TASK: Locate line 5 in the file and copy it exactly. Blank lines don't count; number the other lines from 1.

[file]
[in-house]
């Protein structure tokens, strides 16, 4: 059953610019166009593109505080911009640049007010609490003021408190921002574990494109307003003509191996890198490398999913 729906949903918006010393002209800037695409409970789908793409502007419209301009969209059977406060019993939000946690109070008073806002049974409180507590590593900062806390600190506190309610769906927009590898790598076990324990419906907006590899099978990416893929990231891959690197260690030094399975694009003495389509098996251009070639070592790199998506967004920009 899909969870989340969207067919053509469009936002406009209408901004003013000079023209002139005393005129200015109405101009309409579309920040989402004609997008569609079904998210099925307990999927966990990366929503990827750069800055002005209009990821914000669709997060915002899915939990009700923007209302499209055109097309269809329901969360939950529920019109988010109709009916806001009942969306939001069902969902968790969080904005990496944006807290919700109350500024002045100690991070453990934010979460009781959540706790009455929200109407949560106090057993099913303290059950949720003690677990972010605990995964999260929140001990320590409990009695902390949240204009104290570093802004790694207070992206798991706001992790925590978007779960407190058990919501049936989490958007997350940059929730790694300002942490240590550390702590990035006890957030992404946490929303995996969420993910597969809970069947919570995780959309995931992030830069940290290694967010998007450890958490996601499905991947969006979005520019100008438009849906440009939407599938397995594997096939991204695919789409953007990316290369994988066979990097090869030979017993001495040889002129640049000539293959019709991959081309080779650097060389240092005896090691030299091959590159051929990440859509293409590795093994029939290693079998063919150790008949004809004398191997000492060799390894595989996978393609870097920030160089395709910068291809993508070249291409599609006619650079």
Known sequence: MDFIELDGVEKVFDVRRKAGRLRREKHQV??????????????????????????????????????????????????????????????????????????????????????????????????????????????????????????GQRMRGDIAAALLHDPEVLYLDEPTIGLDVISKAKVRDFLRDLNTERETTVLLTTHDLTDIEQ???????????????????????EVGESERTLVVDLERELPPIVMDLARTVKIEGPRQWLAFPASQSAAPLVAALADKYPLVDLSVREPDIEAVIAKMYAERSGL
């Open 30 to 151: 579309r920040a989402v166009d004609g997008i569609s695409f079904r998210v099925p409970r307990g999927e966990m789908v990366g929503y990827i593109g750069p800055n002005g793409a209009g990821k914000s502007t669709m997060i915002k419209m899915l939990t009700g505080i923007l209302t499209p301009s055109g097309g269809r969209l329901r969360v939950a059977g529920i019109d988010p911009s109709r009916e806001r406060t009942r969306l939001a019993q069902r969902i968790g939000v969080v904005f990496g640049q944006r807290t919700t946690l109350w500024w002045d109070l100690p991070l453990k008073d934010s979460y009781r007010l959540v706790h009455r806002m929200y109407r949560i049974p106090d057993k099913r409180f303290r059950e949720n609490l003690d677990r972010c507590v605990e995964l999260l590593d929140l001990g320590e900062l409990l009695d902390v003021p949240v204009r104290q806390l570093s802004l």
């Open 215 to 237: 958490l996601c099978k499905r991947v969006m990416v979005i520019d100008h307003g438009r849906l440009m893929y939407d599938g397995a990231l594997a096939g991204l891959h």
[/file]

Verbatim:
């Open 215 to 237: 958490l996601c099978k499905r991947v969006m990416v979005i520019d100008h307003g438009r849906l440009m893929y939407d599938g397995a990231l594997a096939g991204l891959h």